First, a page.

1. Map Out The Applications You Want to Connect to SSO

Identify which applications should be part of your SSO structure. Look at user login patterns and identify which users need to access which applications. Create SSO “bundles” for each set of applications commonly accessed by a group of users. See if your SSO solution has built-in integrations with them. If not, prepare development resources to build an integration. 

2. Integrate With Identity Provider (IdP)

If you have your own identity provider, ensure the SSO solution can integrate and test the integration. Determine the protocol you will use to connect to the IdP, typically Security Assertion Markup Language (SAML). Otherwise, see which external IdPs your SSO solution supports—social login via platforms like Google or Facebook is commonly used and is convenient for most users. 

3. Verify The Data in Your Identity Directory

For SSO to work, you must have accurate, authoritative information about your users. It is also critical for identities in your IdP to match up with identities used in applications connected via SSO. Ensure that each user in your user database has an up-to-date email and credentials. The data verification process is also an opportunity to remove old users and revoke unnecessary privileges.

4. Evaluate User Privileges

Before implementing SSO, carefully evaluate which users or roles have access to which applications. Most organizations adopt the least-privilege principle, where each user receives the minimal privileges they need to perform their function. Ensure you define privileges carefully, based on a solid understanding of the business uses of each application.

5. Ensure The SSO System is Highly Available Secure

SSO is a mission-critical service and a single point of failure for your applications. If you are running the SSO server on-premises, you must set up redundancy and ensure the server has appropriate network and application layer security controls. If you are using a cloud service, see what reliability or availability tiers it offers, and select the most suitable for your organization. Ensure you have correctly configured the provider’s security options.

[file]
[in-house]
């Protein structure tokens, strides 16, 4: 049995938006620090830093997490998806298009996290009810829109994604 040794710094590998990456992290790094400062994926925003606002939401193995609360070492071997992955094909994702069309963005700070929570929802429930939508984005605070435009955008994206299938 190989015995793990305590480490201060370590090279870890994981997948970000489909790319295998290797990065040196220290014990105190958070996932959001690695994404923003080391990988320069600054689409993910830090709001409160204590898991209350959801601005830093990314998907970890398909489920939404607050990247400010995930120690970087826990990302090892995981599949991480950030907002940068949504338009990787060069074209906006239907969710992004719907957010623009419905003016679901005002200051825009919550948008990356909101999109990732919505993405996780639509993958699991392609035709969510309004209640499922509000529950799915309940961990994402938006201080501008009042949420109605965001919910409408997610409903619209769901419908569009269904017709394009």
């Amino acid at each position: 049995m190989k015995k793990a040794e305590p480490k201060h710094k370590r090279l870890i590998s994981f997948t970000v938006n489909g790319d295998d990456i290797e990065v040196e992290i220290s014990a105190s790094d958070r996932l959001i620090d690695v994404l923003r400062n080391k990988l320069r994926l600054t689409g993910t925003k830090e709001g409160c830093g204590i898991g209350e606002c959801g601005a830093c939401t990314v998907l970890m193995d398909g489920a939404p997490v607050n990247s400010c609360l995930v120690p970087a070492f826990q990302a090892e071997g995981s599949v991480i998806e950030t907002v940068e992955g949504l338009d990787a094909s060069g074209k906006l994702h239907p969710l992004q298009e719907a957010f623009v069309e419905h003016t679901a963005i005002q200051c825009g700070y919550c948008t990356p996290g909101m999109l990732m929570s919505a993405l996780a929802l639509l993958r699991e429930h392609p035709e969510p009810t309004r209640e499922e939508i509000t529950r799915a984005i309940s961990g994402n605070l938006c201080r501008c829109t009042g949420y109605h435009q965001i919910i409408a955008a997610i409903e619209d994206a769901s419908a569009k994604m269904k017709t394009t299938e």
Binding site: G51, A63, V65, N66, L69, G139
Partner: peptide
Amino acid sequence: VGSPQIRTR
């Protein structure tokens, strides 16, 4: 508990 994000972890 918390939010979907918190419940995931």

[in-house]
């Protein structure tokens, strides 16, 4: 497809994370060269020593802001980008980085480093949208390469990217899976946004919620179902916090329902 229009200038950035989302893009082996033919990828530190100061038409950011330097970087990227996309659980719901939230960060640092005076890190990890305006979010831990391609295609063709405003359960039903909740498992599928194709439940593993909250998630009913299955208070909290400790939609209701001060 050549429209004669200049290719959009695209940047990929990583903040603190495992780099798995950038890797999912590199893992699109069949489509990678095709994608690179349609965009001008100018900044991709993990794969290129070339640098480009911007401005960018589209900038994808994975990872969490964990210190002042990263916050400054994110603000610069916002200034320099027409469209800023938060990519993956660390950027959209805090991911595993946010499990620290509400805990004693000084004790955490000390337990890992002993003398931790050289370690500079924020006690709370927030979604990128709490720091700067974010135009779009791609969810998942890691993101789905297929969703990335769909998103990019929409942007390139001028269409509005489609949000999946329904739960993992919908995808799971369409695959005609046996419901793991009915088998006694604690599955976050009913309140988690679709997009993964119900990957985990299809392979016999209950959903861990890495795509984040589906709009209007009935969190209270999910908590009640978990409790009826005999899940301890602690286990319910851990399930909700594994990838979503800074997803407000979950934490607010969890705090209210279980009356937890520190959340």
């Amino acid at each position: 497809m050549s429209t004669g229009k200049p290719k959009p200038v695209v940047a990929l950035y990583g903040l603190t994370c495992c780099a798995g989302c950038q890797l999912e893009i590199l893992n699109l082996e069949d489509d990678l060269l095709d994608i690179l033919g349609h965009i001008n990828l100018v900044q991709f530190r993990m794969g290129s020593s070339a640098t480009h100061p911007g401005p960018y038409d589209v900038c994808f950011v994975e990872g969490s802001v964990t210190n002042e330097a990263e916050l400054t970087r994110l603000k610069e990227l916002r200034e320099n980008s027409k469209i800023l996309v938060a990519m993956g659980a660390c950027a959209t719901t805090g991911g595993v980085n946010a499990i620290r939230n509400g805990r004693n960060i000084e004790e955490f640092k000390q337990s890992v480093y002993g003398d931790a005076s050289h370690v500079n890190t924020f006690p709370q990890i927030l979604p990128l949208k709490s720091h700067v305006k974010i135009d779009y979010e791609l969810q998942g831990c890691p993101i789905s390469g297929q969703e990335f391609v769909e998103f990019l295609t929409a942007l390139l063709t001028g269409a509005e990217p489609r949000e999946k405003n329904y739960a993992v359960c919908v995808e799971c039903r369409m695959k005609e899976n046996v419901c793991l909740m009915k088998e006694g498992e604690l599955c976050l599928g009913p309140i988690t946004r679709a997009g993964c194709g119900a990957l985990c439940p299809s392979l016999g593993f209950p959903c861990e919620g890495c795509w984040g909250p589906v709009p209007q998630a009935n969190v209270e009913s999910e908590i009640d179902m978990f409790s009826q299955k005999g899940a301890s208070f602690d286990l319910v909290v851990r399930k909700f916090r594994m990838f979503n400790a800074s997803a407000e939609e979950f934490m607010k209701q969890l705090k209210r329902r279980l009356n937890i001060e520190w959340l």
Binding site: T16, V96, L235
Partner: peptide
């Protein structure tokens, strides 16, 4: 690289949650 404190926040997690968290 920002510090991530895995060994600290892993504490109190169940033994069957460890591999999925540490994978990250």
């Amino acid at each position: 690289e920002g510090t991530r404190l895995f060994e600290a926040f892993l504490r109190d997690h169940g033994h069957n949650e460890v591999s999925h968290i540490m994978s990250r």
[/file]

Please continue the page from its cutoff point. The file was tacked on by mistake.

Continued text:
Learn more in our guides about: 

SSO Deep Dive: Understanding Common SSO Protocols

SAML and WS-Federation

Security Assertion Markup Language (SAML) and Web Services Federation (WS-Fed) are common options for implementing SSO. These protocols use XML files to exchange data about the user, the IdP, and the application (known as the service provider).

Connection Flow

  1. A user requests to access a resource in an application (service provider) that participates in SSO
  2. The application checks with the IdP to see if the user is permitted to access the required resource.
  3. The IdP authenticates the user, and if the user has access, returns an assertion that the user should be able to access the resource.

SAML Use Cases

  • Using SAML for SSO—SAML can enable SSO transactions. A SAML service can provide requests to access secure resources, including an authentication element and attributes providing data about the user.
  • Using SAML for ACL—SAML can be used to enforce access control lists (ACL). SAML can support ACL transactions, in which a user requests to access a secure resource, and the SAML service provides an authorization decision. This use case typically does not include authentication.

OpenID Connect

OpenID Connect (OIDC) is an authentication and authorization protocol used for customer-facing single sign-on, based on the OAuth 2.0 authorization standard. OIDC performs authentication using JSON Web Tokens (JWT) and integrates with one or more identity providers.

Connection Flow

  1. A user requests access to an application.
  2. The application redirects the request to the identity provider.
  3. The IdP authenticates the user. If authentication is successful, the IdP displays a prompt asking the user to grant access to the required application.
  4. The IdP generates an ID Token with identity information that the application can use.
  5. The IdP redirects the user back to the application, and the user can access it without providing credentials again.

OpenID Connect Use Cases

OIDC supports both secure authentication and authorization, as well as API access. There are three main flows you can use for different use cases: